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Old 5th February 2014, 05:08 PM   #11
PMA is offline PMA  Europe
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So it goes.

We need high quality and consistent data to say anything about audibility of passives.
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File Type: png New test lin.PNG (902.4 KB, 258 views)
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Old 5th February 2014, 05:13 PM   #12
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I've run some checks and ripped the test track just now as a check and control on a different PC to try and see what was going on. The 19.2kHz is a puzzle BUT it seems to be present on the original CD.

Here are three spectrums of three different CD's. The third is the one in this test. I can't explain what that artifact is in this case, but it genuinely seems to be present on the original CD. All three CD's were ripped under identical conditions using "Exact Audio Copy" and imported into Audacity to view the spectrum. I have coincidently seen that same effect on my Acer laptop when using it to record via its A/D convertor and that anomaly pointed out to me some weeks ago. That was proved at the time beyond doubt to be an artefact of the Acer. There is no such issue with the Dell used to do the three rips above.

Why there should be a similar line on this particular CD I can not answer.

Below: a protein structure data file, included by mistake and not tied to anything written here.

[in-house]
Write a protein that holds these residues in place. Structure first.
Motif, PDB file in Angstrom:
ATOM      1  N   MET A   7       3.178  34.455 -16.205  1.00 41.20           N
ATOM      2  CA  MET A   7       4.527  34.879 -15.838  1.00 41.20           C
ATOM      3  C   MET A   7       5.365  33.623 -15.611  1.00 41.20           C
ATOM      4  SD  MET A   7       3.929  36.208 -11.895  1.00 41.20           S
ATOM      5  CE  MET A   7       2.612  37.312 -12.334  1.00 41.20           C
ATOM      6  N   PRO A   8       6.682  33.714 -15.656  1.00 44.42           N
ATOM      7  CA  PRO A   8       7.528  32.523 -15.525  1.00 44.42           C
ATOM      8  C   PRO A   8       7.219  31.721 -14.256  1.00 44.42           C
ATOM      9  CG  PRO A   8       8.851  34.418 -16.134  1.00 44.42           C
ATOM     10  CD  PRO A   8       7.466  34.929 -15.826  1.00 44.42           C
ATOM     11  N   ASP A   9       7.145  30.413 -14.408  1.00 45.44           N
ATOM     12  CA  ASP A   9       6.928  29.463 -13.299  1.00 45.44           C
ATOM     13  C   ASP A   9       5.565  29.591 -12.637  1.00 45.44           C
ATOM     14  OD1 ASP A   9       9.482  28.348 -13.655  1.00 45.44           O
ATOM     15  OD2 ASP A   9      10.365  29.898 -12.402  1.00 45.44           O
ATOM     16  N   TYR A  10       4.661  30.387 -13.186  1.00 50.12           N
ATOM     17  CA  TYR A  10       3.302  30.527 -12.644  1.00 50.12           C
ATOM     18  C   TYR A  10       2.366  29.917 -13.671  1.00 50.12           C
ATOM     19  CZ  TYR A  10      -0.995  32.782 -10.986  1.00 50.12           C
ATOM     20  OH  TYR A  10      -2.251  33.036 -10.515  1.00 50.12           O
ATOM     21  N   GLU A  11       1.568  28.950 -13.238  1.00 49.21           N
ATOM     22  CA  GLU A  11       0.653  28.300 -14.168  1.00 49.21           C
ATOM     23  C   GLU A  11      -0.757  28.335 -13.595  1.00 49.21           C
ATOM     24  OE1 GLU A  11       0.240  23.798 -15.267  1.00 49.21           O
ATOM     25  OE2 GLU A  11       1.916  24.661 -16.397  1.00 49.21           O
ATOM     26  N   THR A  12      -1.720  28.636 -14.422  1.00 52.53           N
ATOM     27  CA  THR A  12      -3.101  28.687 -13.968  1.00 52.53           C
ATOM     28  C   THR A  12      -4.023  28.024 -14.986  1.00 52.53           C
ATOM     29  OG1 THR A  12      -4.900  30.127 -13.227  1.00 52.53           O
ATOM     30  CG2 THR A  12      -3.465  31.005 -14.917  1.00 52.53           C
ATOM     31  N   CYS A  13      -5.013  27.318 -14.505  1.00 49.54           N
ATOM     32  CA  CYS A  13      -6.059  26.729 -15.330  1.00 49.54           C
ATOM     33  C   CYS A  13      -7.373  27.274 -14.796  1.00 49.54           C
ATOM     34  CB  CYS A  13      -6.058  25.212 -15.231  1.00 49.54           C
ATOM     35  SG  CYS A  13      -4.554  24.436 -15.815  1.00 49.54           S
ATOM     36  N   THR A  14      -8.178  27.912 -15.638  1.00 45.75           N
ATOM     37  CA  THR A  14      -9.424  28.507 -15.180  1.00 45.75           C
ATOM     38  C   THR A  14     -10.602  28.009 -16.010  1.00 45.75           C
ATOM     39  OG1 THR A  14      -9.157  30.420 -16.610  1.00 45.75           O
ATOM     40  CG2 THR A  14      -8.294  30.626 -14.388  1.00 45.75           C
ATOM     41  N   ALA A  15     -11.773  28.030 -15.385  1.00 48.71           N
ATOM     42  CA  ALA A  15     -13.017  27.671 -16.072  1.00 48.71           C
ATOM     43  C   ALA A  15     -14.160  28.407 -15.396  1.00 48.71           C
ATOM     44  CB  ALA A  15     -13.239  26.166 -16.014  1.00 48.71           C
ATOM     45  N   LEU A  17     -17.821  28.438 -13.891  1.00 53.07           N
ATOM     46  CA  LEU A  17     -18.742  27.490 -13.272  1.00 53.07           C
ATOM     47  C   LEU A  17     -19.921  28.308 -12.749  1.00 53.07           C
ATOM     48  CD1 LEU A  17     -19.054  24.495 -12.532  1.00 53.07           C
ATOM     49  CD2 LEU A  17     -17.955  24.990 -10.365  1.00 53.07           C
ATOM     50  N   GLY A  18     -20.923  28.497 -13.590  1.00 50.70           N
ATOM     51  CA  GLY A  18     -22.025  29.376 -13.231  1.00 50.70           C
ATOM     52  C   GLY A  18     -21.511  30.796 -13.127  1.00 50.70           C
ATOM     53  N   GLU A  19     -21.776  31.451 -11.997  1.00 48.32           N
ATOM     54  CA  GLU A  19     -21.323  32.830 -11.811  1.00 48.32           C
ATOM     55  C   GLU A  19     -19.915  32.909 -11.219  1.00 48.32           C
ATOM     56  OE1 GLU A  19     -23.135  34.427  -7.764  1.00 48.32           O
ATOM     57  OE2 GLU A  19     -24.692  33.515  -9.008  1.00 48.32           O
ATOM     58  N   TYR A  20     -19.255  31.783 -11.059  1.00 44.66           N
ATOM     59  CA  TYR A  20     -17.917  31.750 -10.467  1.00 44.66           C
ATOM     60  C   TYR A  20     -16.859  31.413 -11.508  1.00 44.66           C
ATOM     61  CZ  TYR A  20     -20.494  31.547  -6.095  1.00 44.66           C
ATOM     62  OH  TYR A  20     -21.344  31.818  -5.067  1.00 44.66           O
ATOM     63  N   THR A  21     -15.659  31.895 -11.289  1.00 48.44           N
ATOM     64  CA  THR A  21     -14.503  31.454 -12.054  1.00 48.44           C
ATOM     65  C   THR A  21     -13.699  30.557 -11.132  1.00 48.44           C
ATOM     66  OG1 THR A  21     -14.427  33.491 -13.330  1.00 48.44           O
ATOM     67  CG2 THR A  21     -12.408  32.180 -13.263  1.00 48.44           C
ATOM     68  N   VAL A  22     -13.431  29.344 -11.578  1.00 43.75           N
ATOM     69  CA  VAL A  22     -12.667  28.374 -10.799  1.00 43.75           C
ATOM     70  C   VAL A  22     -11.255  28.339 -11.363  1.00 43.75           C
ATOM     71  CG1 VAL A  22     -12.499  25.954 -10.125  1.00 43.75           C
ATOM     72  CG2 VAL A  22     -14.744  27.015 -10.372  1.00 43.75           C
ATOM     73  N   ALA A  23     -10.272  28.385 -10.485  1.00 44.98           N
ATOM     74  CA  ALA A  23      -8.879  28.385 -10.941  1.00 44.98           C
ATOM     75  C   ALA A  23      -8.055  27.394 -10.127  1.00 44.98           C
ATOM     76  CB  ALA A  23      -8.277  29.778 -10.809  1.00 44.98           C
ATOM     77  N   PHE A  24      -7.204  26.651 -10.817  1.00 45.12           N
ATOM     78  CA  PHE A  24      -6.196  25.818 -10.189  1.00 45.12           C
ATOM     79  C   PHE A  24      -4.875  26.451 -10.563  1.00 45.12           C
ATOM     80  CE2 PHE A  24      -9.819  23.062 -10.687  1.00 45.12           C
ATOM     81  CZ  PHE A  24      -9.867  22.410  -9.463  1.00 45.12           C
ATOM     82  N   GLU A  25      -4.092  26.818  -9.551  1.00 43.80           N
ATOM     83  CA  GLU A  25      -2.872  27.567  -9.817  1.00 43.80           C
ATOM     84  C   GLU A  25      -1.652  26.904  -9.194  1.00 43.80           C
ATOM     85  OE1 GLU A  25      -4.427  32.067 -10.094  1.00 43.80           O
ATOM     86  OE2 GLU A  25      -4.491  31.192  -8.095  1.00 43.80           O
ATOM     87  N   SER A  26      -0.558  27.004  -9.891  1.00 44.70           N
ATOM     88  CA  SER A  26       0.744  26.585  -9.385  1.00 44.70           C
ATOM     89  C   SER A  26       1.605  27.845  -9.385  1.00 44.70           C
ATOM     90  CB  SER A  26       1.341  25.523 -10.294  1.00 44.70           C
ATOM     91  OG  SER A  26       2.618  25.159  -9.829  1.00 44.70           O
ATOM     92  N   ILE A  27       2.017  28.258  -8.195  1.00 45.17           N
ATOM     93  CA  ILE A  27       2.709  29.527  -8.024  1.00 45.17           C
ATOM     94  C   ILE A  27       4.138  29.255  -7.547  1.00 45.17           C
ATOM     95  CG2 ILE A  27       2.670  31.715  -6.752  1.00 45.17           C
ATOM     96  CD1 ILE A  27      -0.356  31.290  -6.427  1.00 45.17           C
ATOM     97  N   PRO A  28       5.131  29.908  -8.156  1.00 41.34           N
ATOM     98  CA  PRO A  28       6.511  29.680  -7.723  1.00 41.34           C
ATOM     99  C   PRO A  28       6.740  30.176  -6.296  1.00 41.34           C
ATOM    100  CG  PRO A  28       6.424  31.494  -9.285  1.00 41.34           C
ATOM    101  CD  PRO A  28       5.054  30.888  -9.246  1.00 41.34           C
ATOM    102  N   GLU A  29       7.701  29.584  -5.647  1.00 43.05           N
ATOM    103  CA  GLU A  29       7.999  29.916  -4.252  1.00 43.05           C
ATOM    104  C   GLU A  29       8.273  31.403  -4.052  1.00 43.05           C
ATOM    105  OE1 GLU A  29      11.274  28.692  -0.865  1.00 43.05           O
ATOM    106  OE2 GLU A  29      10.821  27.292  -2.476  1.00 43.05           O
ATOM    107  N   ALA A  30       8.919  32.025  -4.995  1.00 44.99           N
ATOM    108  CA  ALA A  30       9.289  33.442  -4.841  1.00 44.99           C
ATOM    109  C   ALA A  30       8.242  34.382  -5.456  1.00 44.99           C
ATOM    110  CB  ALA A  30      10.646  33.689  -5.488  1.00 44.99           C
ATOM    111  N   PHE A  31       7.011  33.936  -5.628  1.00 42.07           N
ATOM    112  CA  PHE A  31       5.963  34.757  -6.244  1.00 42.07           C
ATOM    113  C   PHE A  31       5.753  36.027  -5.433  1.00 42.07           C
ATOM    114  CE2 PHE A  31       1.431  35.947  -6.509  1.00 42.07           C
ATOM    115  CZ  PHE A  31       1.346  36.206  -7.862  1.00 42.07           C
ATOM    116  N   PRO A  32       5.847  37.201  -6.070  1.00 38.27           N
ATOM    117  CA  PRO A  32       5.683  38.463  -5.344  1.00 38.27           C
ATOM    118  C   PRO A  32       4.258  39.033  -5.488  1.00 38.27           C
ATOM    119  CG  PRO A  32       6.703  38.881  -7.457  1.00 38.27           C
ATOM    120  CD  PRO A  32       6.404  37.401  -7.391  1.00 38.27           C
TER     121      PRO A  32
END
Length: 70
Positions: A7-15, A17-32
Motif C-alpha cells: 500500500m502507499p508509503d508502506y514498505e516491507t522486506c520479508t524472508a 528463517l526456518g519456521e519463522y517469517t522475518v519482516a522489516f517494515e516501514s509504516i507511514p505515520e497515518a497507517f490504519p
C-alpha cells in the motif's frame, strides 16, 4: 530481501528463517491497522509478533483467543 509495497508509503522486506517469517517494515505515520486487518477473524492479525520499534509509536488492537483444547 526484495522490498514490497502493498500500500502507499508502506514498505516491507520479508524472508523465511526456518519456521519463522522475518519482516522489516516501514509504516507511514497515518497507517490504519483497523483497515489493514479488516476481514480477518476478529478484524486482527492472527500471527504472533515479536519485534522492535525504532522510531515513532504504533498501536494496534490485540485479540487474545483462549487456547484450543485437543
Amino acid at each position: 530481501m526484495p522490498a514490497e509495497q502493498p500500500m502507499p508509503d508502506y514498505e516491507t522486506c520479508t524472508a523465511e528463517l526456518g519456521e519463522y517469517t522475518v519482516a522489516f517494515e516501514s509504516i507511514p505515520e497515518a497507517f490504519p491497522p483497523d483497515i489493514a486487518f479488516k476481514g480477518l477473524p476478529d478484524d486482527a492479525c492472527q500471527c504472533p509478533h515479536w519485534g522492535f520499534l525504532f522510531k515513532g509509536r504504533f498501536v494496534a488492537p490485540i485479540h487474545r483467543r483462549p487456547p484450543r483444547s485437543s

The good news is that I feel the thread and test is still very valid.

Your comments on the file in post #1 are still needed
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File Type: jpg Rip of Disc 2.JPG (190.7 KB, 235 views)
File Type: jpg Rip of Disc 3.JPG (202.7 KB, 227 views)
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Old 5th February 2014, 05:13 PM   #13
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I'll be back shortly... feeding time
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Old 5th February 2014, 05:19 PM   #14
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Quote:
Originally Posted by Mooly View Post
I've run some checks and ripped the test track just now as a check and control on a different PC to try and see what was going on. The 19.2kHz is a puzzle BUT it seems to be present on the original CD.
Would you post a sample of original data, like 20 - 30s.
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Old 5th February 2014, 06:18 PM   #15
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Quote:
Originally Posted by PMA View Post
Would you post a sample of original data, like 20 - 30s.
You should have it now
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Old 5th February 2014, 06:25 PM   #16
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Quote:
Originally Posted by Barleywater View Post
Glad that was helpful.

A little more specific:

Attachment 398016

In the above, cue points have been added labeled "Nasty" and "Normal"

Track starts out nasty. At 2nd cue point sound is relatively normal. Then goes nasty, normal, nasty to the end.

"Normal" sound is characterized by better low end, less garble smear, and less metallic. Metallic in nasty regions is more than just unmasking by having less low end.

Not at all subtle.
This is a hugely interesting result

Can I just be sure what are meaning. Track starts nasty... OK. How long does that "nasty" last ? You have marked a point around 40 seconds in. Is it OK up to that point or does it start nasty and gradually get better ?

Sorry... I'm just not 100% clear what you meant there
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Old 5th February 2014, 09:55 PM   #17